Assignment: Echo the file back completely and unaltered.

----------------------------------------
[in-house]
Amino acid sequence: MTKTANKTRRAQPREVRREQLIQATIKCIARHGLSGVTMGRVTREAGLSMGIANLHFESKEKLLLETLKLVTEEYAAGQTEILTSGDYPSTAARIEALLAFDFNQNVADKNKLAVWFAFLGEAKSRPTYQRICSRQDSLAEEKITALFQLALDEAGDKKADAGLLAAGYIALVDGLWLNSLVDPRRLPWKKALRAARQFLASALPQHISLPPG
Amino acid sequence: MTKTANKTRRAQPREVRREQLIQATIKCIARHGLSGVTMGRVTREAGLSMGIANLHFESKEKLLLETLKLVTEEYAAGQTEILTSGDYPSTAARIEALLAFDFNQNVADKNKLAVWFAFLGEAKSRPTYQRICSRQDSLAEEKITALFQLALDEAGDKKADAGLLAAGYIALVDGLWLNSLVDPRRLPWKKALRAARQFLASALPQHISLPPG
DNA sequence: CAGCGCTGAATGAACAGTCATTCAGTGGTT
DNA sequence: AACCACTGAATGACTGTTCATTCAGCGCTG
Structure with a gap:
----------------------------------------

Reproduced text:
[in-house]
Amino acid sequence: MTKTANKTRRAQPREVRREQLIQATIKCIARHGLSGVTMGRVTREAGLSMGIANLHFESKEKLLLETLKLVTEEYAAGQTEILTSGDYPSTAARIEALLAFDFNQNVADKNKLAVWFAFLGEAKSRPTYQRICSRQDSLAEEKITALFQLALDEAGDKKADAGLLAAGYIALVDGLWLNSLVDPRRLPWKKALRAARQFLASALPQHISLPPG
Amino acid sequence: MTKTANKTRRAQPREVRREQLIQATIKCIARHGLSGVTMGRVTREAGLSMGIANLHFESKEKLLLETLKLVTEEYAAGQTEILTSGDYPSTAARIEALLAFDFNQNVADKNKLAVWFAFLGEAKSRPTYQRICSRQDSLAEEKITALFQLALDEAGDKKADAGLLAAGYIALVDGLWLNSLVDPRRLPWKKALRAARQFLASALPQHISLPPG
DNA sequence: CAGCGCTGAATGAACAGTCATTCAGTGGTT
DNA sequence: AACCACTGAATGACTGTTCATTCAGCGCTG
Structure with a gap: